• Medical records proving that you paid medical expenses for one of the qualifying conditions above, “respective to the following date ranges”:
    • Dependents who lived at Camp Lejeune between January 1, 1957 and December 31, 1987 can be reimbursed for out-of-pocket medical expenses incurred on or after August 6, 2012
    • Dependents living at Camp Lejeune between August 1, 1953 and December 31, 1956 can have medical expenses incurred due to a qualifying condition reimbursed for care received on or after December 16, 2014
  • VA Form 10-10068b: Camp Lejeune Family Member Program Treating Physician Report completed by your doctor.

It is important to note that qualifying family members are not eligible to receive VA disability compensation for any conditions associated with Camp Lejeune water contamination.  Family members are only eligible to receive healthcare benefits.

Neurobehavioral Effects

There are currently a number of studies looking further into neurobehavioral effects, one of the health conditions listed above associated with water contamination at Camp Lejeune.  VA defines neurobehavioral effects as conditions of or relating to the relationship between the action of the nervous system and behavior.  Examples of neurobehavioral effects may include: poor memory, dementia, poor concentration, post-traumatic stress disorder, insomnia, fatigue, motor problems, etc.

University of Pittsburgh Studies

Studies at the University of Pittsburgh have showed the effects of toxic solvents on occupationally exposed subjects.  The studies’ findings included social alienation, poor concentration, anxiety, and impairments in learning and memory among those exposed.  Hyperactivity and behavioral problems were also found among school-aged children when certain toxins were in the school buildings.  Further research into this area points out that behavioral problems may be the earliest sign of chemical toxicity.

National Center for Biotechnology Information (NCBI) Study

An NCBI study concluded that long-term exposure to low concentrations of the chemical trichloroethylene (TCE), common in groundwater contamination, is associated with neurobehavioral deficits.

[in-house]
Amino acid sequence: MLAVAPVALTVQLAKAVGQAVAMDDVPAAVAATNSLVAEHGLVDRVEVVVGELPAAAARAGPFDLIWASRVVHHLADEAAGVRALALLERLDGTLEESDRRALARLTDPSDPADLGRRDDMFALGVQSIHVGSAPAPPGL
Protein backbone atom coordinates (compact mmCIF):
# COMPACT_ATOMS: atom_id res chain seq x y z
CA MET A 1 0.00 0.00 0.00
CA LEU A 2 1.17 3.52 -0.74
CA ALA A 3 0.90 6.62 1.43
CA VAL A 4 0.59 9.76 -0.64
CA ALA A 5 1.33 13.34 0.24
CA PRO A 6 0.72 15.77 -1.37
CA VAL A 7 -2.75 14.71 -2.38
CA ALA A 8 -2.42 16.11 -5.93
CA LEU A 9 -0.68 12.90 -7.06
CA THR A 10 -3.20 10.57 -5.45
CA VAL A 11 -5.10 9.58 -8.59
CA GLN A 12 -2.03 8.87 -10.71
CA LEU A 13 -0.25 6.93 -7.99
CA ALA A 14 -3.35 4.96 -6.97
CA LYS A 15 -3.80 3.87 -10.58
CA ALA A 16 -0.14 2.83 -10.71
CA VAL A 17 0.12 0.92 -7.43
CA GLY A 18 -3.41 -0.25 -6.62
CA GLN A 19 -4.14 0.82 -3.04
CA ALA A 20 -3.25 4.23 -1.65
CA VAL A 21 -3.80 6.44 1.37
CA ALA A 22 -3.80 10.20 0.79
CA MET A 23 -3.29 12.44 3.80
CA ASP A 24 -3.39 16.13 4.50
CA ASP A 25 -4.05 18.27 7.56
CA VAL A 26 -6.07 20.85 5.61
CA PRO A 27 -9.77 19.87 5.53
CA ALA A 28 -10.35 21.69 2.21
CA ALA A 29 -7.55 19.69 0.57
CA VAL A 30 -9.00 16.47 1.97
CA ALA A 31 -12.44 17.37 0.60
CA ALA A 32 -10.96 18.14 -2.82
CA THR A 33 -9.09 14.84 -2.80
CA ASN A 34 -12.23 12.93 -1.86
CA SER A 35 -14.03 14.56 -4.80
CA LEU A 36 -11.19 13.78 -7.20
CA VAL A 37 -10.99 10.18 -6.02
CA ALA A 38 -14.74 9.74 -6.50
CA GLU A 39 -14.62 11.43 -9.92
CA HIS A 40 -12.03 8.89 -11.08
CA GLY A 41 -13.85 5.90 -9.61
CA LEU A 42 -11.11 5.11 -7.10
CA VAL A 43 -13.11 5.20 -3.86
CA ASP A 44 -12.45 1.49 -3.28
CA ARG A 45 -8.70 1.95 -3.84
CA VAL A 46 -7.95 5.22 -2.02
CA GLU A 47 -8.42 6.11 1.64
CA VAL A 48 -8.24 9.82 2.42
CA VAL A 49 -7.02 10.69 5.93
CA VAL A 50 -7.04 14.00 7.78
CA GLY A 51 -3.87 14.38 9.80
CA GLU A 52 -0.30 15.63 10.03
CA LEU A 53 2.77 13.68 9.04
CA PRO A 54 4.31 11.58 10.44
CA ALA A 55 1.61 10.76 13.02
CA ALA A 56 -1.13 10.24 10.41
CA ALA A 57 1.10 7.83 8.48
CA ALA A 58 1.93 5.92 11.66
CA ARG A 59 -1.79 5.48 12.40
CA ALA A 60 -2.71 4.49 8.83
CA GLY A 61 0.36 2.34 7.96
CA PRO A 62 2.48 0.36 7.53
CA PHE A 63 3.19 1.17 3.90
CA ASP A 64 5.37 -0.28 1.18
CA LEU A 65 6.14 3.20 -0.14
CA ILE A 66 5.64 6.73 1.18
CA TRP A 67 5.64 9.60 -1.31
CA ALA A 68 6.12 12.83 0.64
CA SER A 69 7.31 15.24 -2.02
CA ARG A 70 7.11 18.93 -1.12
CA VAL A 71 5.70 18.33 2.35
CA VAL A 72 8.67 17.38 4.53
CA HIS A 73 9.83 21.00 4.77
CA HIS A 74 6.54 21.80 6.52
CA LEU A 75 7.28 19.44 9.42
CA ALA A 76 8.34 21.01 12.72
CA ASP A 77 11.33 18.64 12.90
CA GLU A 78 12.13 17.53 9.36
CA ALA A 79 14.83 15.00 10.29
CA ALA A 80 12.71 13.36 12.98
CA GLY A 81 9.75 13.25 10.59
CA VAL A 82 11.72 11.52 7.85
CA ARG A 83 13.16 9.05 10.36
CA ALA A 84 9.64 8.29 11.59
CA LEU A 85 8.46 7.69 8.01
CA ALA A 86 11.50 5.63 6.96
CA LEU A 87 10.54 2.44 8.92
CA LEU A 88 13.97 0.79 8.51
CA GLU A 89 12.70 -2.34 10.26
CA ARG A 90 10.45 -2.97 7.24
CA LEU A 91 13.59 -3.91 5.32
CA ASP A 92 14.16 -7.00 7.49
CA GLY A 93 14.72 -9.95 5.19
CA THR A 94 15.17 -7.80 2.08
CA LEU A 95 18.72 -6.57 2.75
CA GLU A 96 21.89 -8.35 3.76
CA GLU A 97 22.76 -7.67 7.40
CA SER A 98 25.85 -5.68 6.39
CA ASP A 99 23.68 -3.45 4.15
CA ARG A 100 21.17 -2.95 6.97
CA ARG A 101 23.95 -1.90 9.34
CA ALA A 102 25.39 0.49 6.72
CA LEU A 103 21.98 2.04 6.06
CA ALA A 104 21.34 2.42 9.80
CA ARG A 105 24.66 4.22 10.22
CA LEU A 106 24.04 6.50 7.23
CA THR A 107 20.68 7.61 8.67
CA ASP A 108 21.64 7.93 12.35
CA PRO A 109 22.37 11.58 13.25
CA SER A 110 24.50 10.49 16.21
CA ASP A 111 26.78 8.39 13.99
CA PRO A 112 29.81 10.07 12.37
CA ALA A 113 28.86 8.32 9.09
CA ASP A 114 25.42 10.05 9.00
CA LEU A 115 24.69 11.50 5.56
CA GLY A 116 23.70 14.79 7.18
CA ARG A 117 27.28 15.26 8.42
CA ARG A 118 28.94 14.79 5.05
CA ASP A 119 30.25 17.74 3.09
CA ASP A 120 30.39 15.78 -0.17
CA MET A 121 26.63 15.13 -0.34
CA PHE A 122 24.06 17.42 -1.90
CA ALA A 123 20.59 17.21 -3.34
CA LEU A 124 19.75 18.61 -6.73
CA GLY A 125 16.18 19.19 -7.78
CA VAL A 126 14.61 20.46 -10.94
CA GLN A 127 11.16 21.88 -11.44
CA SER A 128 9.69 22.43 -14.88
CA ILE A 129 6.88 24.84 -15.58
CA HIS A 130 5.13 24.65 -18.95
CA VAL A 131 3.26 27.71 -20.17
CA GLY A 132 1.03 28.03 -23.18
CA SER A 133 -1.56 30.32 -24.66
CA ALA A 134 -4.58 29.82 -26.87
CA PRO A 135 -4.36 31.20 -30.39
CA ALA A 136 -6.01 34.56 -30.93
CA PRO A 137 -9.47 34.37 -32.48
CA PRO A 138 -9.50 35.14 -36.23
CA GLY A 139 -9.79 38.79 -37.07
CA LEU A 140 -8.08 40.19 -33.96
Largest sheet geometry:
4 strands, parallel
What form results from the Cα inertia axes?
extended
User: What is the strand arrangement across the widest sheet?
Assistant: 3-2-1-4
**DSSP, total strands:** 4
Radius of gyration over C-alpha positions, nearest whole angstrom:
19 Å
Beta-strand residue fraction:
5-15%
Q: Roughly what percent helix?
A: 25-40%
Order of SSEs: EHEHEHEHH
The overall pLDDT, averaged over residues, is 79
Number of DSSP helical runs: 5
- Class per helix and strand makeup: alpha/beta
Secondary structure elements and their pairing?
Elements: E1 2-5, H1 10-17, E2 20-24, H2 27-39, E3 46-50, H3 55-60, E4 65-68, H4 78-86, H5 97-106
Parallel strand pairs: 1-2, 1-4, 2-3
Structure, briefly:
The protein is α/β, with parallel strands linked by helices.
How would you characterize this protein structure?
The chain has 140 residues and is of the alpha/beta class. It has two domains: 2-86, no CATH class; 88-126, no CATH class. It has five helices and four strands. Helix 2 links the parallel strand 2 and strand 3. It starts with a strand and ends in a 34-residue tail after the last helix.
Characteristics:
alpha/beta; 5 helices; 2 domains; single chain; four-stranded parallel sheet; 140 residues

Nuclear Regulatory Commission (NRC) Findings

The NRC now agrees that neurobehavioral effects, specifically Parkinson’s, should be included and covered by VA in terms of presumptive service connection for conditions associated with exposure to contaminated water at Camp Lejeune.  This conclusion is based on the positive trends of increased risks from occupational and drinking water exposures found in previous studies.

Compensation for Camp Lejeune Toxic Water Exposure

Are you a veteran, a family member of a veteran, a civilian, or dependent of a deceased veteran who served at Camp Lejeune between 1953 and 1987 for at least 30 cumulative days? If so, the now-passed PACT Act may enable you to receive compensation due to contaminated water exposure. Contact us today to learn more about the Camp Lejeune water contamination lawsuit and how to qualify.

Call Today to Speak with a Member of Our Team

If you were exposed to the water contamination at Camp Lejeune and are suffering from one or more of the associated health conditions, Chisholm Chisholm & Kilpatrick LTD may be able to help you receive the VA disability benefits you deserve.  If your disability compensation claim was denied, call 800-544-9144 for a free case evaluation.

About the Author

Bio photo of April Donahower

April joined Chisholm Chisholm & Kilpatrick in August of 2016 as an Associate Attorney. She currently serves as the Appellate Supervisor in our Veterans Law practice. April’s practice focuses on representing disabled veterans before the Court of Appeals for Veterans Claims.

See more about April